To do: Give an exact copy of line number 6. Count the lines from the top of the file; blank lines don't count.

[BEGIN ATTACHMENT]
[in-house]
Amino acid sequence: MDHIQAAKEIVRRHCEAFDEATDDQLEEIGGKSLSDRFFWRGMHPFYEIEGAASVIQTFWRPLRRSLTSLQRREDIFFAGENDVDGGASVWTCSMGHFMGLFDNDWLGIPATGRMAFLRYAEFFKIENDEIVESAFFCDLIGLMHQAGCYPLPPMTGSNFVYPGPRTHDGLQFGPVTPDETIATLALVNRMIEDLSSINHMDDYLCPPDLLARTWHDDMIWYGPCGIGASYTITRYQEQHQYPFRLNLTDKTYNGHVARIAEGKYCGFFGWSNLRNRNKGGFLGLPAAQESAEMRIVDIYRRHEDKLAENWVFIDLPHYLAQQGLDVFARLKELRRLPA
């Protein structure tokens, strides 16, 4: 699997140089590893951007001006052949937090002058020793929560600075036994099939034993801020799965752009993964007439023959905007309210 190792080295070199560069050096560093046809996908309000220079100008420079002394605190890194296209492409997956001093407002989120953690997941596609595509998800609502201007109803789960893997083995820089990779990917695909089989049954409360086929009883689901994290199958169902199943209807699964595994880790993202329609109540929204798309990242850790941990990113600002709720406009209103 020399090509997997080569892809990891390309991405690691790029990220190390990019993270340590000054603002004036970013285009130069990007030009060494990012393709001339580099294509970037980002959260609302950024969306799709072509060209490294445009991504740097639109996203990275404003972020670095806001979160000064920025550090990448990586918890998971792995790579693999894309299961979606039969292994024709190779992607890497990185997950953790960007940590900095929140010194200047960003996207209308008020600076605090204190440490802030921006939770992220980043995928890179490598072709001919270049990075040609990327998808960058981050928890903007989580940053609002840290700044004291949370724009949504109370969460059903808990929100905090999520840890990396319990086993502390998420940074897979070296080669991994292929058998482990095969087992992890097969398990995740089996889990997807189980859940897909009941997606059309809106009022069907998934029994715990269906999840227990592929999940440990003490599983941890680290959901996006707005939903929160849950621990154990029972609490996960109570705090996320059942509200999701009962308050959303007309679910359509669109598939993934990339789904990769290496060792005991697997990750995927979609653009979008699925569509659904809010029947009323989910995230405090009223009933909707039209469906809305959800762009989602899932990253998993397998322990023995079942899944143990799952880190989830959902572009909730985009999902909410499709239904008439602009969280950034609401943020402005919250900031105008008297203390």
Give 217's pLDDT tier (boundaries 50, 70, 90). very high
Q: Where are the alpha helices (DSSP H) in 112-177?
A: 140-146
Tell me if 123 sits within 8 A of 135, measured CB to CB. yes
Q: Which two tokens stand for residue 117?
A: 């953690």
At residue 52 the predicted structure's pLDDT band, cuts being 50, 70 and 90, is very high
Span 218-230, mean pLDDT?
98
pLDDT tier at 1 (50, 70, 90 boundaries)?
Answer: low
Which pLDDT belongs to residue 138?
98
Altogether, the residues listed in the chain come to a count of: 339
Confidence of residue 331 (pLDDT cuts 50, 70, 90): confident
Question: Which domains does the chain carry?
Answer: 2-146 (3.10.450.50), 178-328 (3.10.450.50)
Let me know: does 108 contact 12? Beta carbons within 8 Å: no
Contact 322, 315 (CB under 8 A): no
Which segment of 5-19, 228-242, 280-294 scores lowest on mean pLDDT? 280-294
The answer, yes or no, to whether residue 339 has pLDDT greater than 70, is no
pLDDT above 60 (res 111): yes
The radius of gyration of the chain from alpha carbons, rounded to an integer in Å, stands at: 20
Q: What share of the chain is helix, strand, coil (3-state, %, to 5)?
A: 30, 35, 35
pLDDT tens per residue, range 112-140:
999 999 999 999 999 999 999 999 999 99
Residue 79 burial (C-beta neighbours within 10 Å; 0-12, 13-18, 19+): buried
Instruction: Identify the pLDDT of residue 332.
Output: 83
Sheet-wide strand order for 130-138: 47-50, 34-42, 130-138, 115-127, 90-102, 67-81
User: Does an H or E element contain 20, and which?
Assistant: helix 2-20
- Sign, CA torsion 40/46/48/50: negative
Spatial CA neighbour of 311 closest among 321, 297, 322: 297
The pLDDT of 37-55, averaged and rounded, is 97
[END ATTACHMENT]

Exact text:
A: 140-146